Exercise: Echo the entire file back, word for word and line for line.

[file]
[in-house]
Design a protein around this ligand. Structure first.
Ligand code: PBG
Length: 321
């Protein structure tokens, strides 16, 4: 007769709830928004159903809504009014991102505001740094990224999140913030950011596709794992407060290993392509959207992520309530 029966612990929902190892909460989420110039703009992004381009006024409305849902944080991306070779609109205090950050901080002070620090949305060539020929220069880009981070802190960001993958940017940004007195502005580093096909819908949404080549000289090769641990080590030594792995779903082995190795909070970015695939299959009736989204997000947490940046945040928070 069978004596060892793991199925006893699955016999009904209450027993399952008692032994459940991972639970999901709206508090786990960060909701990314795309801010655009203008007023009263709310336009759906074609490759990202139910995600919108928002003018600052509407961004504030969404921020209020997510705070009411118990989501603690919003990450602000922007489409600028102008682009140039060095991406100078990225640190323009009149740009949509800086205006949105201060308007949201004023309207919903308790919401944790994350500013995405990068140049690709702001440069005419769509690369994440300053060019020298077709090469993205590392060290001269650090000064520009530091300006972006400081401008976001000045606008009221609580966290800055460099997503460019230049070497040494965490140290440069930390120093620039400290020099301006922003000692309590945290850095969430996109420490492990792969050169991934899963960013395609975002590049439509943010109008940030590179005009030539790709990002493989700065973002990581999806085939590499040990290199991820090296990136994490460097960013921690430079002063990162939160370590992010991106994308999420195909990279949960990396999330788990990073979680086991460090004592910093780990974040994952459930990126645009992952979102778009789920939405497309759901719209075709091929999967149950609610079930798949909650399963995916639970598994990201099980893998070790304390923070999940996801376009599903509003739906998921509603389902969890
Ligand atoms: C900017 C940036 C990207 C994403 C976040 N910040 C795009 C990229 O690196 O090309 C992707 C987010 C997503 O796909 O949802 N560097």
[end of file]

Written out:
[in-house]
Design a protein around this ligand. Structure first.
Ligand code: PBG
Length: 321
């Protein structure tokens, strides 16, 4: 007769709830928004159903809504009014991102505001740094990224999140913030950011596709794992407060290993392509959207992520309530 029966612990929902190892909460989420110039703009992004381009006024409305849902944080991306070779609109205090950050901080002070620090949305060539020929220069880009981070802190960001993958940017940004007195502005580093096909819908949404080549000289090769641990080590030594792995779903082995190795909070970015695939299959009736989204997000947490940046945040928070 069978004596060892793991199925006893699955016999009904209450027993399952008692032994459940991972639970999901709206508090786990960060909701990314795309801010655009203008007023009263709310336009759906074609490759990202139910995600919108928002003018600052509407961004504030969404921020209020997510705070009411118990989501603690919003990450602000922007489409600028102008682009140039060095991406100078990225640190323009009149740009949509800086205006949105201060308007949201004023309207919903308790919401944790994350500013995405990068140049690709702001440069005419769509690369994440300053060019020298077709090469993205590392060290001269650090000064520009530091300006972006400081401008976001000045606008009221609580966290800055460099997503460019230049070497040494965490140290440069930390120093620039400290020099301006922003000692309590945290850095969430996109420490492990792969050169991934899963960013395609975002590049439509943010109008940030590179005009030539790709990002493989700065973002990581999806085939590499040990290199991820090296990136994490460097960013921690430079002063990162939160370590992010991106994308999420195909990279949960990396999330788990990073979680086991460090004592910093780990974040994952459930990126645009992952979102778009789920939405497309759901719209075709091929999967149950609610079930798949909650399963995916639970598994990201099980893998070790304390923070999940996801376009599903509003739906998921509603389902969890
Ligand atoms: C900017 C940036 C990207 C994403 C976040 N910040 C795009 C990229 O690196 O090309 C992707 C987010 C997503 O796909 O949802 N560097």